Shebanow used an apt analogy. He said that current multi-GHz general-purpose CPUs were like sharks. They can “do a lot of damage”—meaning execute a lot of single-threaded code—very quickly. GPUs, on the other hand, are like a school of piranha. Each CUDA core can execute a “lightweight thread.” All 512 CUDA cores working simultaneously can also do a lot of damage, which is to say execute a lot of lightweight threads quickly.
Because the Fermi architecture is still a graphics chip, it must exist in a pre-existing system design. The GF100 and GF110 chips are soldered to graphics cards that plug into graphics slots in PCs. So you get the resulting system architecture:
Data in the CPU memory needs to move to the GPU memory before being processed by the Fermi GPU. As you can see from the diagram, the link between the GPU and its memory has an extremely high bandwith—178 Gbytes/sec—as a result of using the GDDR5 memory interface protocol with a memory array that’s 384 bits wide. The link between the CPU and its memory will be narrower and will probably be an order of magnitude slower but it’s the PCIe motherboard link between the CPU and GPU that’s the real bottleneck in this design. With poorly structured code that requires as many or more data-movement operations as math operations, a GPU like Fermi that is capable of Teraflop performance can easily be throttled to a few Gigaops because of this bottleneck.
Now NVIDIA is currently stuck with this pre-existing PC system design, but we are not constrained by legacy or reality in this blog post. We are free to think of ways to break this bottleneck. One of the first things we might try is to create a direct, high-bandwidth path between the CPU memory and the GPU memory. That system architecture would look like this:
But why stop there? What we really want is for both processing units to be able to access both memories. So we might develop an architecture that looks like this:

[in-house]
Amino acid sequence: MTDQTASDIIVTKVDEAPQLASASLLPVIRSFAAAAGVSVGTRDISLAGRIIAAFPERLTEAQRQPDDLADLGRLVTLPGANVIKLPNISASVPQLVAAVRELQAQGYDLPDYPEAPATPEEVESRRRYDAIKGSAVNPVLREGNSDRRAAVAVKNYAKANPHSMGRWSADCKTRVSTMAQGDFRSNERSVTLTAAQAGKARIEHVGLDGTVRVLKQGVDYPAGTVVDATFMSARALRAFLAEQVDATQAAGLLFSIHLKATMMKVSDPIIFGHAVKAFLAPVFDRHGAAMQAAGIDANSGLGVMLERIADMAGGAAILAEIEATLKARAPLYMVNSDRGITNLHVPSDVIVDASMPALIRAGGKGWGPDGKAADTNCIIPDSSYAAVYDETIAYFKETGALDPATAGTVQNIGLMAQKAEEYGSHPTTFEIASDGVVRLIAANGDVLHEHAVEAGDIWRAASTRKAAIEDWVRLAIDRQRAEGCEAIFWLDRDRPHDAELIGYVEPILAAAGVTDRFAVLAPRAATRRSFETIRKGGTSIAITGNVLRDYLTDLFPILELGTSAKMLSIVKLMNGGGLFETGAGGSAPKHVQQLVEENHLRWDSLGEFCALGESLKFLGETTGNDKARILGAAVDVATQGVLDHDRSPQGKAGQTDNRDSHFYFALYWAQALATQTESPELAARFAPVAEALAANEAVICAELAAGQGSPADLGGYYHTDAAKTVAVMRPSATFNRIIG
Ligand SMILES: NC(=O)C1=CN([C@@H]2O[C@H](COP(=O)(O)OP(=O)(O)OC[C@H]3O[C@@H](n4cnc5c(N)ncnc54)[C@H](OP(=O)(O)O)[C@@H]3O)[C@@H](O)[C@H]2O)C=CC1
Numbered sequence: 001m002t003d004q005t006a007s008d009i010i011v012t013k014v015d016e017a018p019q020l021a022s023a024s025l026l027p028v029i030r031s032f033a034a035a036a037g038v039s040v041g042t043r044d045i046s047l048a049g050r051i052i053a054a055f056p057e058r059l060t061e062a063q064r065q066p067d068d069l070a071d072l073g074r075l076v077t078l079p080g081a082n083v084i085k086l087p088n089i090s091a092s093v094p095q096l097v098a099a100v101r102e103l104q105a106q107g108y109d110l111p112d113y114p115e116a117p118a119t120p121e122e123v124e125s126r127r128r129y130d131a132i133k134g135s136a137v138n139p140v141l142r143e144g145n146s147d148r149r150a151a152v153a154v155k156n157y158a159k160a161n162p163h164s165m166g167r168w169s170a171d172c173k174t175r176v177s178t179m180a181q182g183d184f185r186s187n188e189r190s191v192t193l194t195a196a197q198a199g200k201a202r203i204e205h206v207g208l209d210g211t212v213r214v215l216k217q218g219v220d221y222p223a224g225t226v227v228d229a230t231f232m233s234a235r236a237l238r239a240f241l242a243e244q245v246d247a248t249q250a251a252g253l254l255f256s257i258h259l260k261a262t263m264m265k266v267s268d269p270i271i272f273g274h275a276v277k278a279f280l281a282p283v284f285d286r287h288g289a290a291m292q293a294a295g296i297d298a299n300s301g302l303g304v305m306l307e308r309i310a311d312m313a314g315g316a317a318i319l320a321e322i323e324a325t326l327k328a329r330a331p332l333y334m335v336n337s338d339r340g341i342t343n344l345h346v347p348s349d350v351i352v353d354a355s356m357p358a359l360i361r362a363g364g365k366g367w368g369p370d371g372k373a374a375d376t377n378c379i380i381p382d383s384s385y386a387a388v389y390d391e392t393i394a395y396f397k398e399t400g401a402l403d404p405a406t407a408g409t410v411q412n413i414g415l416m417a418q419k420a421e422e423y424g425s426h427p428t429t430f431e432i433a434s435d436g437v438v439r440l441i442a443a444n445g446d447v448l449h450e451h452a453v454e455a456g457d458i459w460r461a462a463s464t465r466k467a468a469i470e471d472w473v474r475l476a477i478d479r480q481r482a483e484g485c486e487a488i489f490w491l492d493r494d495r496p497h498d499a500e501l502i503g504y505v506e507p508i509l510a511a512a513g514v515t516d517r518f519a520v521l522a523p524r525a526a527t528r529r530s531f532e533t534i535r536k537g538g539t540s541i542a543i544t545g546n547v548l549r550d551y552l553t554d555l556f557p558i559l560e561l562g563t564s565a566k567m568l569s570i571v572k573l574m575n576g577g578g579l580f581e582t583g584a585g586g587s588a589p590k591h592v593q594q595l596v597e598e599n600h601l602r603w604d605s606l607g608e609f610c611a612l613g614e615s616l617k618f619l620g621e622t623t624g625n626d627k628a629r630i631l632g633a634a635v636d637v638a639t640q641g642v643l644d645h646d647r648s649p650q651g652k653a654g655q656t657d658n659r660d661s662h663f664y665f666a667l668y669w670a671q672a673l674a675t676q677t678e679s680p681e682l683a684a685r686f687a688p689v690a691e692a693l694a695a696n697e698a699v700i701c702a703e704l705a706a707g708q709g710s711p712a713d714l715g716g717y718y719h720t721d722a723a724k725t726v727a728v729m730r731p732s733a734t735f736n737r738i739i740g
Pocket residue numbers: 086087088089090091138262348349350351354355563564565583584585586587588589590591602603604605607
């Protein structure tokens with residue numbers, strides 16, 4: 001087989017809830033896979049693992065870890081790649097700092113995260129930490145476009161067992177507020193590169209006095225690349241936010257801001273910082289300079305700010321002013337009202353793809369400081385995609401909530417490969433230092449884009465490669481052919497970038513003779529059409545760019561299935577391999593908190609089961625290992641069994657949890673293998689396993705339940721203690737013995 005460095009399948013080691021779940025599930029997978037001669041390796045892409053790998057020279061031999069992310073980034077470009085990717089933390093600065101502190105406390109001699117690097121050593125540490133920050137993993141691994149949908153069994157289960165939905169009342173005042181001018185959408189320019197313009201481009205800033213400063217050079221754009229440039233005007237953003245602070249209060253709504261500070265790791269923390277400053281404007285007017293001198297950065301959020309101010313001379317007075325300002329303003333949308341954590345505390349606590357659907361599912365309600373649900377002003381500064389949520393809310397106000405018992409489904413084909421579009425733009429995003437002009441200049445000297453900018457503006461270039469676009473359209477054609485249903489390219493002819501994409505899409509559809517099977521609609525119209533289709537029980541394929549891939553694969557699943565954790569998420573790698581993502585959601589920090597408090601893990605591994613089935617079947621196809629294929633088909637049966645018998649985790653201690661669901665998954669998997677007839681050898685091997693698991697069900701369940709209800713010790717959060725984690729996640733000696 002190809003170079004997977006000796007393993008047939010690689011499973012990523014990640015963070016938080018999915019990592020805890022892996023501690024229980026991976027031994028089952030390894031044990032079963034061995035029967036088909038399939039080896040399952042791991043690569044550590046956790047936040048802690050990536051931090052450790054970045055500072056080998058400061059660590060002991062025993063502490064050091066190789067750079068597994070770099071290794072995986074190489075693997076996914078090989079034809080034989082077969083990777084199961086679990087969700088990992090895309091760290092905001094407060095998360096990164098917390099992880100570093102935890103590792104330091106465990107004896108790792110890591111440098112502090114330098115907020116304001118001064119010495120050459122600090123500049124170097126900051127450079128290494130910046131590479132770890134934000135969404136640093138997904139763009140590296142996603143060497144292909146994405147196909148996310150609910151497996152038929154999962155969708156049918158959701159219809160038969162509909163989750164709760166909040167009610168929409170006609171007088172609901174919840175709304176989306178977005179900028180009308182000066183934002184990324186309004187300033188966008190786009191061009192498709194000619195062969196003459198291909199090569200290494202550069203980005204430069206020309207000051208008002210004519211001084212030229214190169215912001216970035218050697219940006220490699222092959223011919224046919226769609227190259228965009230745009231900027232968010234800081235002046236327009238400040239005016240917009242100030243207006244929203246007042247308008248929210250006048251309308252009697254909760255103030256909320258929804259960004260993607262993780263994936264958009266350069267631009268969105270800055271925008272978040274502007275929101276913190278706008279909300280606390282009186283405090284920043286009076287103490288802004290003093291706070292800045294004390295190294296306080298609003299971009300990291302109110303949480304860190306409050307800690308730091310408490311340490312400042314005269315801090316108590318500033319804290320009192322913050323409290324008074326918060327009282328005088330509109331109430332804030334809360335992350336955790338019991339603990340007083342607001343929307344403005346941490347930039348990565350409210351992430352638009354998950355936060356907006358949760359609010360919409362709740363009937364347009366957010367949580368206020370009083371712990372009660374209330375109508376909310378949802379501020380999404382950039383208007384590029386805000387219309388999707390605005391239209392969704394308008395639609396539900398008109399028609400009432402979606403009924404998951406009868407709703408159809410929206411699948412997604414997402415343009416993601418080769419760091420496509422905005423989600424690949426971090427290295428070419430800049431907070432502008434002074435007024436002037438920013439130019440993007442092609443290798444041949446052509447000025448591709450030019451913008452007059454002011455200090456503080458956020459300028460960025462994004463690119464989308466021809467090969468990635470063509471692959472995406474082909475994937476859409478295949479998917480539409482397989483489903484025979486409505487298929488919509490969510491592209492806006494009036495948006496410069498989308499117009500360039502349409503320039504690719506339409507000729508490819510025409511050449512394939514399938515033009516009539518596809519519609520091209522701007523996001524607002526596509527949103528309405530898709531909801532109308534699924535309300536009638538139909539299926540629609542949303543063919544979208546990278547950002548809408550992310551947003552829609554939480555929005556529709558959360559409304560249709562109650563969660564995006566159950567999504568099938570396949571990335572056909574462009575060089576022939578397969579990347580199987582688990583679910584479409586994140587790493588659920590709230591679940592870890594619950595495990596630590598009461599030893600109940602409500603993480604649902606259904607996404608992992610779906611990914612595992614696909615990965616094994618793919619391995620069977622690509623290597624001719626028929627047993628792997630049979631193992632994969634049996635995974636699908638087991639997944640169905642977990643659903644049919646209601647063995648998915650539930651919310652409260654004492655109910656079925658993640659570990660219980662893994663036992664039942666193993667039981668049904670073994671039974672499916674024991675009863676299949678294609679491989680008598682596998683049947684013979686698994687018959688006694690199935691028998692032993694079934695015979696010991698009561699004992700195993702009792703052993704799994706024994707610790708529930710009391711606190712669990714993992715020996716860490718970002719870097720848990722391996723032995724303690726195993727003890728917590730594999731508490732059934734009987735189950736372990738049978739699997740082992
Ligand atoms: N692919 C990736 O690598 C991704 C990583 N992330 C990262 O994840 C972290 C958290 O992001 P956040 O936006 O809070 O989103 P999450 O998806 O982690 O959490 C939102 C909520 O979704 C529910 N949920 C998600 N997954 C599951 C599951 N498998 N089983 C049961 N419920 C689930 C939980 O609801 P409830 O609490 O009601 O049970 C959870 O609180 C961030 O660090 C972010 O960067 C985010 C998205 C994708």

Here we’re using a dual-ported memory controller that handles requests from the GPU and CPU to make the GPU and CPU memory arrays equally accessible to either processing unit. We have two different memory arrays because the GPU memory must be very wide and must be built from fast GDDR5 memory chips, which are somewhat more expensive per bit than standard DDR2 or DDR3 memory modules. So we might prefer to minimize the amount of GDDR5 memory using this approach to control system costs.
But perhaps we care more about memory performance than memory cost. In that case, we might adopt a unified-memory approach as shown in the following diagram:
This approach might work well because the required bandwith for the CPU memory access might represent only 10% of the overall bandwidth requirement for the unified memory and running the GDDR5 memory chips 10% faster (if possible) might be all that’s needed.
Shedding even more system constraints, another alternative is to place the CPU and GPU on the same piece of silicon with a dual-ported memory controller, and then connect that chip to separate memory arrays as shown in this next diagram:
In fact, that’s sort of the architecture AMD discussed last month at the Hot Chips Conference albeit with somewhat lower performance objectives. Take a look at the AMD Llano APU architecture and see if you also note the similarities:
So which of these many architectures is “the best”? Ah, that’s a question worth some effort to solve, is it not? Well, that is the realm of System Realization. (Warning: Obvious EDA360 tie-in.) You need some application code and good system-level models of the CPU, GPU, memory arrays, and interconnect to help you decide which architecture to pick for a specific application. If you have good System Realization tools, like the Cadence System Development Suite, then you will be able to find the answer to these performance questions more objectively.
Otherwise, you’ll just be guessing.